Tuesday, June 4, 2013

Cooperstown U. S. A. Part III

Three days in Cooperstown offers enough time to do all that is Cooperstown unless you want to learn the more intricate ways of the farmer in The Farmer's Museum or you need to hit up the beer and wine trail, which you can do on your way out of town on the third day anyway.  We did not hit the beer trail nor did we go to a farm to get a free jar of jelly--things I found listed on the back of a map that no one seemed interested in but me, probably because I'm obsessed with getting free things.

I awoke on my last day in Cooperstown at 4:30 AM.  Someone let a door slam.  Then the slamming continued.  Opening and closing of heavy doors ensued for the next 45 minutes.  It started up again along with loud discussions across the parking lot at about 5:30 AM.  Good morning, Cooperstown.  At checkout, the guy behind the counter asked how everything was, and I said it was great except at 4:30 in the morning, I heard lots of commotion from people who might have been going fishing or hunting or whatever it is nature people do.  He gave a thought and then said, Oh, you mean the Canoe Regatta.

Apparently, every Memorial Day weekend, there's a Canoe Regatta in Central New York.  Who knew?  Well, the canoe people knew.  I didn't know because I don't own a canoe.  Canoes are death-traps, almost the most dangerous water crafts, second only to the kayak, aka the boat of death. 

The counter guy was like, I guess if you don't know about it, you might've been wondering if there was some sort of fire that no one told you about.  I agreed that I did have my share of confusion about why everyone knew about the wee-morning party but me.  I reported back to the guys in the car about this regatta thing, and my brother was like, Oh, yeah, that explains all the canoes on everyone's car roofs.  True.  It did.

We drove northward through town and found our first stop on our way back home (which isn't really on the way since we were heading north): Glimmerglass State Park.  Now, there are state parks that have helpful signs and maps all over as well as clearly marked trails.  Then there are state parks that let you head off into nature at your own risk.  Glimmerglass (fun to say!) is a bit of both.  We found parking in a central newly-paved lot, but we did not find any signs directing us to trails we could possibly hike.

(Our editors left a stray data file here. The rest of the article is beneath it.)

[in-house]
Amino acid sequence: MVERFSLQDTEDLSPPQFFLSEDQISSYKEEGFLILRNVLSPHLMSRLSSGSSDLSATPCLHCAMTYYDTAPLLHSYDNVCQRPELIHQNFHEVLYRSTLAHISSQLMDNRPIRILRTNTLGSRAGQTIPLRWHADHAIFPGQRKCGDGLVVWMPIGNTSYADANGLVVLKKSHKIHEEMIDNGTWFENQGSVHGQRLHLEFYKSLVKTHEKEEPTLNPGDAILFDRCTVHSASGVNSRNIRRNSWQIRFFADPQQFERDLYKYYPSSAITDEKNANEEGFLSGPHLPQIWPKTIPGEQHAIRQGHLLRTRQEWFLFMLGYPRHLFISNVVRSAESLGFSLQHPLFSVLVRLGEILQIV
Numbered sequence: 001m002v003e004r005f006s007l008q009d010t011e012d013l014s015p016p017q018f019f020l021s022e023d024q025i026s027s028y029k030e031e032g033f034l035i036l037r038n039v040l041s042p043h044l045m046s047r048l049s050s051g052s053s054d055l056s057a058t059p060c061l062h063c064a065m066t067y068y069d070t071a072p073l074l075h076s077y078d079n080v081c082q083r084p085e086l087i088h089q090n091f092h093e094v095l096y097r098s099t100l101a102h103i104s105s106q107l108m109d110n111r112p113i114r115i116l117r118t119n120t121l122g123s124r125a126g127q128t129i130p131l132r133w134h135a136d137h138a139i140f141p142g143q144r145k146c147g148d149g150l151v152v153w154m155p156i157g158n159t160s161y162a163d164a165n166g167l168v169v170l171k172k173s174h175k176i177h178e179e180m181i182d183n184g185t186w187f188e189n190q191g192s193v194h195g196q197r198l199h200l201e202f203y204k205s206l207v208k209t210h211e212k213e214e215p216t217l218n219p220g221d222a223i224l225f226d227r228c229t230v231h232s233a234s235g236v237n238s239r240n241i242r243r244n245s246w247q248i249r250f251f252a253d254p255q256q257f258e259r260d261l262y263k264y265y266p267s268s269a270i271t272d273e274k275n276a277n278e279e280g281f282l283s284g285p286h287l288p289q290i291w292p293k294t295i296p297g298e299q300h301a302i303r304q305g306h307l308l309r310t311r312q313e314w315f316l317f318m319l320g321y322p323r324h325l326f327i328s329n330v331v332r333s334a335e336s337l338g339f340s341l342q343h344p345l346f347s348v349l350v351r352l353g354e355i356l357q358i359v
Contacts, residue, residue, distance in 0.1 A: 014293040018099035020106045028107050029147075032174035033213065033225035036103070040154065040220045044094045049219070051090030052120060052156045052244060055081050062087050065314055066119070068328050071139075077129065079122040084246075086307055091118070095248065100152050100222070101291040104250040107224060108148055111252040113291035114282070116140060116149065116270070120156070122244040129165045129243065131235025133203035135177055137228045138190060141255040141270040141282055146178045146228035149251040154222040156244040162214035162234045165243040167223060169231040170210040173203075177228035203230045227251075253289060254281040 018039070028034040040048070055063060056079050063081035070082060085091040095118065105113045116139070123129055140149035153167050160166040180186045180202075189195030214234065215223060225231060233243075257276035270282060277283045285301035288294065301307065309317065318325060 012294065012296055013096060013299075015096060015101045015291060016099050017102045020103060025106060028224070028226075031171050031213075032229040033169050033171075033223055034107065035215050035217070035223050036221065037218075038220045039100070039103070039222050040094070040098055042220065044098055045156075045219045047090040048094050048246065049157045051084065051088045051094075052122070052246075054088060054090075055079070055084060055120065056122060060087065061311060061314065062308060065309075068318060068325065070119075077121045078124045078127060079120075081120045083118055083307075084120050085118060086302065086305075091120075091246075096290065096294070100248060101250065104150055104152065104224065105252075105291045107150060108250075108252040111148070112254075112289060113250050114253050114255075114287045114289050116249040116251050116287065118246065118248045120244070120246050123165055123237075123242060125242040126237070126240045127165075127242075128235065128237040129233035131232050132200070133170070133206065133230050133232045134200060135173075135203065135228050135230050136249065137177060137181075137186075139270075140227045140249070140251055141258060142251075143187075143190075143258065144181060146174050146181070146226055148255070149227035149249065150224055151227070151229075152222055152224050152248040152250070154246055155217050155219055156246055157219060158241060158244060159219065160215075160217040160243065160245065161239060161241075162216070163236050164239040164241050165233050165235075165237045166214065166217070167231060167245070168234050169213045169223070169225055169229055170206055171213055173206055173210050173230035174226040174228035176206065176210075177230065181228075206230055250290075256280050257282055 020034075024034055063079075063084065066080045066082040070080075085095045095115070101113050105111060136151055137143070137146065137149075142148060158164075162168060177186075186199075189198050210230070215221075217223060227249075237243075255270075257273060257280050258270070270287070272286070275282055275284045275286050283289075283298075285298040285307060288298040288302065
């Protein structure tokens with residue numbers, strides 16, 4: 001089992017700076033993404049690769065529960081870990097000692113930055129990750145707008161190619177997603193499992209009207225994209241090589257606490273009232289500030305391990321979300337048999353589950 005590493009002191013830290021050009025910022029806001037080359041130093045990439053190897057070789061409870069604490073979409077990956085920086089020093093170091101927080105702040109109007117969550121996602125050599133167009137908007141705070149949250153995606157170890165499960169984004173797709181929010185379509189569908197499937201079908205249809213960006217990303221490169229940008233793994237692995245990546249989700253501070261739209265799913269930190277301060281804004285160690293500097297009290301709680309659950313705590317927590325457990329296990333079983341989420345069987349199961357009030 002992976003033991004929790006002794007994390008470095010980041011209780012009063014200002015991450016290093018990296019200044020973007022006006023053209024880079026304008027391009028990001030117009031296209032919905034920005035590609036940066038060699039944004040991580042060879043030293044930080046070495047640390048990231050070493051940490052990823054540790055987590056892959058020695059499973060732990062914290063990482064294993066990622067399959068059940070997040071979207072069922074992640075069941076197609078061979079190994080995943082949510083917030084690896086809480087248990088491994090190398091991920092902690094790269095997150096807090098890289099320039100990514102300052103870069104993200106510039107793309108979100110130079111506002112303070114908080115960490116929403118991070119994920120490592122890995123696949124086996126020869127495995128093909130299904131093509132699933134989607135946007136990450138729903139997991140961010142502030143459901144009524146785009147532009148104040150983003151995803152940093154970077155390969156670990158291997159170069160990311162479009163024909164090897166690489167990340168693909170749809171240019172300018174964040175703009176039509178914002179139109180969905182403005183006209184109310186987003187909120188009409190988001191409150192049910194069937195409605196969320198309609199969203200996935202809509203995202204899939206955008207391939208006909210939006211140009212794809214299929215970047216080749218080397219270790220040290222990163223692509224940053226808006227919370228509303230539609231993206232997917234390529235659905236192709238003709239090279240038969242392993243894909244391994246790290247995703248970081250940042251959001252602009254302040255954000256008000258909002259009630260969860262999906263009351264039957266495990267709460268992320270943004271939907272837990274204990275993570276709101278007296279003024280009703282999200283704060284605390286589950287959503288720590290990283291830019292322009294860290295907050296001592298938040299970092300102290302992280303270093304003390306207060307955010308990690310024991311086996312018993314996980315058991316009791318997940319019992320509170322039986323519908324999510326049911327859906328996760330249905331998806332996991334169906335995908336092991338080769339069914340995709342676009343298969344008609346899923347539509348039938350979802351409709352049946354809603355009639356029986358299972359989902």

We found the primitive camping site that had trails.  We drove into it and found that really, it was a bunch of people waking up after camping out all night.  It was exactly the opposite of anything I wanted.  We walked around the lake a little--it was gorgeous yet cold because of the wind--and then took the car up a hill to see if there was another place to hike.

Up the hill, we found another gorgeous view of the lake.  We also found the opening of a hiking trail that I had seen on the map.  On the map, it looked like a large circular trail that would be tons of fun.  Up close and personal, it looked like a haven for ticks.  Not wearing proper footgear to keep ticks from crawling up, latching on, and infesting me with lyme disease, I talked my brother out of a hike.  Eddie was thankful, adding that he was planning on staying in the car if we'd gone hiking because there were simply too many bugs in nature.

Taken with the timer, hence my idiotic mannequin pose and the boys' bowing down.

One of the too many bugs but this one didn't bother us much

True about the bugs.  As soon as we stepped onto the grassy area above the lake, they went into attack mode and started diving at us from all directions.  Pretty lake to look at from inside a car and through a window.

We also found a house and a bridge.  They were pretty.  Less bugs. 

We also found the covered bridge that we'd tried to find on the outset.  Eddie was amazed that my brother would just walk through the tall weeds to take pictures.